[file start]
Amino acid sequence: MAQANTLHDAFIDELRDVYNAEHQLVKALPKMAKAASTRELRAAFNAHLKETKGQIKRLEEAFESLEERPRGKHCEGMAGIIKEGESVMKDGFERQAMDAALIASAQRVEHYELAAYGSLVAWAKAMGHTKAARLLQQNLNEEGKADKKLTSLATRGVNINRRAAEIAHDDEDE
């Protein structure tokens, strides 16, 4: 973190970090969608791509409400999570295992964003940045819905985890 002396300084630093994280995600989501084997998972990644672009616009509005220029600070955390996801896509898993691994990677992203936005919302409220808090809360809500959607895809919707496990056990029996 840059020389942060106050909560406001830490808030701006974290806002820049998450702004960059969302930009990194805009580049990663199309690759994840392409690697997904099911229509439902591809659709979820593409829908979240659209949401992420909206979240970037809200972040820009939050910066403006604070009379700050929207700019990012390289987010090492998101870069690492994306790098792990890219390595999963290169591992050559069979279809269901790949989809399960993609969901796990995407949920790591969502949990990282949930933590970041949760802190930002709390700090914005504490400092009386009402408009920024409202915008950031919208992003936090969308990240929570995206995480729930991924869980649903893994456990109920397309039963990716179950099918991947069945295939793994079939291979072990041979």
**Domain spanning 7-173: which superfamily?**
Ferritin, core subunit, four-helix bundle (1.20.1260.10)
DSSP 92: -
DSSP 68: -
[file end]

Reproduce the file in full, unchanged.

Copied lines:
Amino acid sequence: MAQANTLHDAFIDELRDVYNAEHQLVKALPKMAKAASTRELRAAFNAHLKETKGQIKRLEEAFESLEERPRGKHCEGMAGIIKEGESVMKDGFERQAMDAALIASAQRVEHYELAAYGSLVAWAKAMGHTKAARLLQQNLNEEGKADKKLTSLATRGVNINRRAAEIAHDDEDE
């Protein structure tokens, strides 16, 4: 973190970090969608791509409400999570295992964003940045819905985890 002396300084630093994280995600989501084997998972990644672009616009509005220029600070955390996801896509898993691994990677992203936005919302409220808090809360809500959607895809919707496990056990029996 840059020389942060106050909560406001830490808030701006974290806002820049998450702004960059969302930009990194805009580049990663199309690759994840392409690697997904099911229509439902591809659709979820593409829908979240659209949401992420909206979240970037809200972040820009939050910066403006604070009379700050929207700019990012390289987010090492998101870069690492994306790098792990890219390595999963290169591992050559069979279809269901790949989809399960993609969901796990995407949920790591969502949990990282949930933590970041949760802190930002709390700090914005504490400092009386009402408009920024409202915008950031919208992003936090969308990240929570995206995480729930991924869980649903893994456990109920397309039963990716179950099918991947069945295939793994079939291979072990041979």
**Domain spanning 7-173: which superfamily?**
Ferritin, core subunit, four-helix bundle (1.20.1260.10)
DSSP 92: -
DSSP 68: -